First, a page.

H A Hellyer writes: The regime in Damascus has powerful backers in Russia and Iran who are willing to intervene. Opponents of that regime have no such comparable sponsors. The help they receive is limited.
Now the search is on for a compromise solution to the crisis in Syria. But the motives have little to do with the civilian body count, which is now in excess of 200,000 since the start of the crisis. The impetus also has little to do with the destruction of much of Syria’s civilisational heritage either. Rather, the critical factors are the flow of refugees to Europe and the threat of ISIL spreading. Bearing these factors in mind, it’s entirely possible Mr Al Assad will get something of a free pass.
But the compromise solution is not the extension of Mr Al Assad’s rule in Damascus. A full solution in Syria would be the radical reform of the regime structure in the country – a full reform of the apparatus, so that not only would Mr Al Assad leave, but the Baathist edifice would change. That wouldn’t necessitate the destruction of the edifice in the same way as in Iraq, but it would mean more than the departure of Mr Al Assad. A compromise, therefore, that includes Mr Al Assad, is not a compromise in the slightest.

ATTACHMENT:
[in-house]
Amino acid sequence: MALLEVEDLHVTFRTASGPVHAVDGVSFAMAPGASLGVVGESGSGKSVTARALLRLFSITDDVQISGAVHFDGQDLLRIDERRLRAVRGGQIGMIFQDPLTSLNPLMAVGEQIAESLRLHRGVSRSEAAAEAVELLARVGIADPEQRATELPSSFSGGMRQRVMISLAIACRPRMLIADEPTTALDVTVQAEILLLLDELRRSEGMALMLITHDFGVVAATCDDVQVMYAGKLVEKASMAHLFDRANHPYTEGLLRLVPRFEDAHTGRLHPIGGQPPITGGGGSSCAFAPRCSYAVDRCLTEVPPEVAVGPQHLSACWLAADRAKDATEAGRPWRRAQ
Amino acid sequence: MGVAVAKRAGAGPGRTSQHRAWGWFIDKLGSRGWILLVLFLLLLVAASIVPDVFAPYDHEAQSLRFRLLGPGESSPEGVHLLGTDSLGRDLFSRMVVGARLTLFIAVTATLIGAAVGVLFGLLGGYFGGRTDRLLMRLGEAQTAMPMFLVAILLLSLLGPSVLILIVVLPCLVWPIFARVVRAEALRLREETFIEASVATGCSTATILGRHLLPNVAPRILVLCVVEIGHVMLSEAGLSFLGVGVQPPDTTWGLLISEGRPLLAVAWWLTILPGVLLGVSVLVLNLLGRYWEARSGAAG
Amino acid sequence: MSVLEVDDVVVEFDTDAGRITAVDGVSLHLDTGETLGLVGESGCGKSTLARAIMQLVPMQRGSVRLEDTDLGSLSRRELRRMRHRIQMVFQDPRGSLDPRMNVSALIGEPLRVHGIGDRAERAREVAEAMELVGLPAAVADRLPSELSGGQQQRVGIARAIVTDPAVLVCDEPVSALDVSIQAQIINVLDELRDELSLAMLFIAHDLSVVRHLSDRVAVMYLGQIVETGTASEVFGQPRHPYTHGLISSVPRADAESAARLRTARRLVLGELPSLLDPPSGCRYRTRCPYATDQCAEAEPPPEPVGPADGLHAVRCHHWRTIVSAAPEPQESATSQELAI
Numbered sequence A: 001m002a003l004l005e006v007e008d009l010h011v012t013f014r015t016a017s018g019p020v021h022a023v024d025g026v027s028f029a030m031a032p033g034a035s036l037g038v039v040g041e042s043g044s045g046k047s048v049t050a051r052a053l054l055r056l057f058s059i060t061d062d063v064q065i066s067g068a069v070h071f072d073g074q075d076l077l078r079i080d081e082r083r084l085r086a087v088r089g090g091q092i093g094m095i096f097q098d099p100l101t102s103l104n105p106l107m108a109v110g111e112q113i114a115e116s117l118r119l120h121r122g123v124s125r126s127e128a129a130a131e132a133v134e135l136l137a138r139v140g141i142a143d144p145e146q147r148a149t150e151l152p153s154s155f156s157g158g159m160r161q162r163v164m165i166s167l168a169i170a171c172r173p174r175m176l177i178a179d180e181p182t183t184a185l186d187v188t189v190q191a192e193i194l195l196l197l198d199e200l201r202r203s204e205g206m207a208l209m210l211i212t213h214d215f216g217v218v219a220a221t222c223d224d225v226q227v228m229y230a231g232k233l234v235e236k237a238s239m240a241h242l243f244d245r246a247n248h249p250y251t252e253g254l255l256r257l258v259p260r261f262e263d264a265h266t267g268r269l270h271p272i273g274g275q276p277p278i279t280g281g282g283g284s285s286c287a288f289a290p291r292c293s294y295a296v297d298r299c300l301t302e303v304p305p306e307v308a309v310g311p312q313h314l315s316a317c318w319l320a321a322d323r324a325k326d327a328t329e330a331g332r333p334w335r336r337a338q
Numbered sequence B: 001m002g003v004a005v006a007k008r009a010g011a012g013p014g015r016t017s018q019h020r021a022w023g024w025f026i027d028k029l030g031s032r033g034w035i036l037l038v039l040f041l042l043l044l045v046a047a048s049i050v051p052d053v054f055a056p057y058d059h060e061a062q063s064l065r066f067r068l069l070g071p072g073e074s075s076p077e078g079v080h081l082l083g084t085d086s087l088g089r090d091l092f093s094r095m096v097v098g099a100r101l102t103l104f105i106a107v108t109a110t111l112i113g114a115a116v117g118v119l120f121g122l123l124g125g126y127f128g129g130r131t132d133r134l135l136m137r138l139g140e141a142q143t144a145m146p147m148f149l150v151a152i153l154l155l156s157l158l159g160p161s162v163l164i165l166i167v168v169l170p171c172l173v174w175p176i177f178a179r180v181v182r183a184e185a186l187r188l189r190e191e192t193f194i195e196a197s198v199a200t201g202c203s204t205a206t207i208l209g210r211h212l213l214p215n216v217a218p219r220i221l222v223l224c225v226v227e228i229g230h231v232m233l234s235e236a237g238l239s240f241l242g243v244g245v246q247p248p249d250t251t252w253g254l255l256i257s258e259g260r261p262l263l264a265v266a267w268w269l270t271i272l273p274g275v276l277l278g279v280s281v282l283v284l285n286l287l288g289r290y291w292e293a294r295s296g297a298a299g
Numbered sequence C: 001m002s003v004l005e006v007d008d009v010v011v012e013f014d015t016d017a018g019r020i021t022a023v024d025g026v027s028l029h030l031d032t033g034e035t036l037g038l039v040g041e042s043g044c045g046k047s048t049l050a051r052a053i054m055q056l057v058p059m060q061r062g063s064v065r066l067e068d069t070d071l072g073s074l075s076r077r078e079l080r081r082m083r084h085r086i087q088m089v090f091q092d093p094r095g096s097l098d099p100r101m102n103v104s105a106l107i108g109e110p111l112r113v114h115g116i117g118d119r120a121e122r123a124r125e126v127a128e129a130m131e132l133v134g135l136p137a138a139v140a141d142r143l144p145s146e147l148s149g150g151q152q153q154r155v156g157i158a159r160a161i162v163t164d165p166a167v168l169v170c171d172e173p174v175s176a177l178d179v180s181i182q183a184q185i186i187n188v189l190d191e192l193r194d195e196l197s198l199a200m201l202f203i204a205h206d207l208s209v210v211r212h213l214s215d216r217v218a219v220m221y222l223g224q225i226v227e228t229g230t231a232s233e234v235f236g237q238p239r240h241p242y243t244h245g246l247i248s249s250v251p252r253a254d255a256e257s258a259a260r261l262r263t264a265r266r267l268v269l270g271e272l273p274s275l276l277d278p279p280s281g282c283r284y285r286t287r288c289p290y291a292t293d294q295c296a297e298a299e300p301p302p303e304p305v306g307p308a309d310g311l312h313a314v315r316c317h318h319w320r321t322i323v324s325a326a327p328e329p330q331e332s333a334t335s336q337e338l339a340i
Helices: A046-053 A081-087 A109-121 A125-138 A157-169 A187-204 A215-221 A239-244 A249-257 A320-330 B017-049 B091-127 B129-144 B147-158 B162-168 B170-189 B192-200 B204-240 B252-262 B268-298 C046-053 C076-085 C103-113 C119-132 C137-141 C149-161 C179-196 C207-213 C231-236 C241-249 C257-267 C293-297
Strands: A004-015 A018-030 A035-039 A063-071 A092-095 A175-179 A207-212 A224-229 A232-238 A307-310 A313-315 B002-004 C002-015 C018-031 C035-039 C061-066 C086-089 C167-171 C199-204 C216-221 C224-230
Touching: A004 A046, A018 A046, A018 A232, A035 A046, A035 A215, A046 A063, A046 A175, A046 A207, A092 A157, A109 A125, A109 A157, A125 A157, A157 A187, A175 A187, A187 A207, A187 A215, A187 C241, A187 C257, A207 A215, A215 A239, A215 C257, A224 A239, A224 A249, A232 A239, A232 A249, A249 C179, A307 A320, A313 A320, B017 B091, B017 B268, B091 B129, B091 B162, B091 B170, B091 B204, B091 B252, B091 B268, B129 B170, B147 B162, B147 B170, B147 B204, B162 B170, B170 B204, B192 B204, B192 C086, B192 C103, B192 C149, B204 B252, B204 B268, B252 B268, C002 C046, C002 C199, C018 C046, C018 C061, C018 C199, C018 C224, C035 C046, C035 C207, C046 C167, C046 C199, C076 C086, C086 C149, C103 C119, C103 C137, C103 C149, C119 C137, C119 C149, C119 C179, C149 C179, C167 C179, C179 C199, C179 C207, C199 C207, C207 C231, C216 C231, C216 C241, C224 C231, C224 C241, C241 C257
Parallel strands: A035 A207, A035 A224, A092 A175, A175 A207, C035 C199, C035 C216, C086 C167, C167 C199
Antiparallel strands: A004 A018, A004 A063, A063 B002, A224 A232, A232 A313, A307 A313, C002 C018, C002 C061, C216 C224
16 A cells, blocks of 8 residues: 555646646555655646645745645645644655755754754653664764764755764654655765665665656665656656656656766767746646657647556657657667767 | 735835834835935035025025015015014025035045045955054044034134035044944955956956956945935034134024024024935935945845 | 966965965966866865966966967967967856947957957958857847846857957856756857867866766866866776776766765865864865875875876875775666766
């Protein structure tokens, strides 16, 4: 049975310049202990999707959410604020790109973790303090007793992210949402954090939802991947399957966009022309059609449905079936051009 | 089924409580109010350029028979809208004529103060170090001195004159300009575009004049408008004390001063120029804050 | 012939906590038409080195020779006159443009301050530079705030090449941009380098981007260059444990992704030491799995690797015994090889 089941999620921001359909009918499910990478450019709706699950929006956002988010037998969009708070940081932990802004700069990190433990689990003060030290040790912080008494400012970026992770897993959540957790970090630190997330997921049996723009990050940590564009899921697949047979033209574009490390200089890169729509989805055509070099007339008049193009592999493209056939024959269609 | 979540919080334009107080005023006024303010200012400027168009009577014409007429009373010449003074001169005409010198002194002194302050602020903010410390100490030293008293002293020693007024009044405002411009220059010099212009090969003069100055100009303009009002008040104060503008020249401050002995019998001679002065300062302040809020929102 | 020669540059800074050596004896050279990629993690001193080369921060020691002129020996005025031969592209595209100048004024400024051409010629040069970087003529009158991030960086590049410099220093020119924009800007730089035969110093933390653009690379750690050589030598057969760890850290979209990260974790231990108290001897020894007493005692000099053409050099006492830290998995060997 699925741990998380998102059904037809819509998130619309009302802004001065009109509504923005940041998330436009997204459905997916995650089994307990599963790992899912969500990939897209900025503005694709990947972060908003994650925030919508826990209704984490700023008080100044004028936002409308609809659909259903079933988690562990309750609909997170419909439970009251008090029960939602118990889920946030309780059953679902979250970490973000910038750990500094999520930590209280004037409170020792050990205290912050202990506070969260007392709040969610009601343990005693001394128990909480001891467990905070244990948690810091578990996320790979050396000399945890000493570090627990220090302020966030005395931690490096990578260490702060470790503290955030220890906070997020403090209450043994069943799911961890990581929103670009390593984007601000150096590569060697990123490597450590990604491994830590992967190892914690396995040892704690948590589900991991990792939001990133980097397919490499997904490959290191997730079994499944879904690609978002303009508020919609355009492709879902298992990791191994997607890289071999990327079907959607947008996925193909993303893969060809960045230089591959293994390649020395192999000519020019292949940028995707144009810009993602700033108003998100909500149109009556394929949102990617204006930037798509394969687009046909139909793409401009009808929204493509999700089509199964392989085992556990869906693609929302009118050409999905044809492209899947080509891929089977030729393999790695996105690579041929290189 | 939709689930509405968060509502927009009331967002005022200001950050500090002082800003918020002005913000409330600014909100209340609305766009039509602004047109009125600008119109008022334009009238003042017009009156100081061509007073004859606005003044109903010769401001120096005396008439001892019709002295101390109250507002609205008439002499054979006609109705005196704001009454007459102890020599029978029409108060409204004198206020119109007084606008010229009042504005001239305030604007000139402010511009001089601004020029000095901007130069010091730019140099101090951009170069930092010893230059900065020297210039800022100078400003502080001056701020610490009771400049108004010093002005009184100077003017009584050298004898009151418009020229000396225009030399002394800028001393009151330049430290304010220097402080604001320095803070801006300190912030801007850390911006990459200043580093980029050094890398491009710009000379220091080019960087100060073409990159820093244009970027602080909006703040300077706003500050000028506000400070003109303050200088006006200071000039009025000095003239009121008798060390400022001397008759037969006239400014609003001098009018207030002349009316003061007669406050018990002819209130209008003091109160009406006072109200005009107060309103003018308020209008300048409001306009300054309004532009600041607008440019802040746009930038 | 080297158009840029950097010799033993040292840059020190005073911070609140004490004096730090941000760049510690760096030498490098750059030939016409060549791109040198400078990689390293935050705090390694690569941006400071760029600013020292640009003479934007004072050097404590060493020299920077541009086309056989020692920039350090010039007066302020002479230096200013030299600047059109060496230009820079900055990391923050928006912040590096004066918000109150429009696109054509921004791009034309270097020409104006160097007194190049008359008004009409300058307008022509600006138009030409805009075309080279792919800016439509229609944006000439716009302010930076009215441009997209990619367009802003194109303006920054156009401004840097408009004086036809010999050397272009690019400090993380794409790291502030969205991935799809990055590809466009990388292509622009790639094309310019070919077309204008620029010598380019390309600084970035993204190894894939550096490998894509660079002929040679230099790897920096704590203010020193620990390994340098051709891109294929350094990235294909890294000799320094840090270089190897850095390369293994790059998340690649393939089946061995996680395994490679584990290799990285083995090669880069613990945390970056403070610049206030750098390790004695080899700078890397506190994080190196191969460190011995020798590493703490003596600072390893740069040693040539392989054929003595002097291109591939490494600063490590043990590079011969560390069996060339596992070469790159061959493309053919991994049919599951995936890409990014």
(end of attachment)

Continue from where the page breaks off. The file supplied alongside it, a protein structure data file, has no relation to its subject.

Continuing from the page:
But judging from the moves that are currently being entertained in Europe and the US, it may be that any solution that sees the reduction of refugee flows, and increased activity against ISIL, will be deemed as acceptable. [Continue reading…]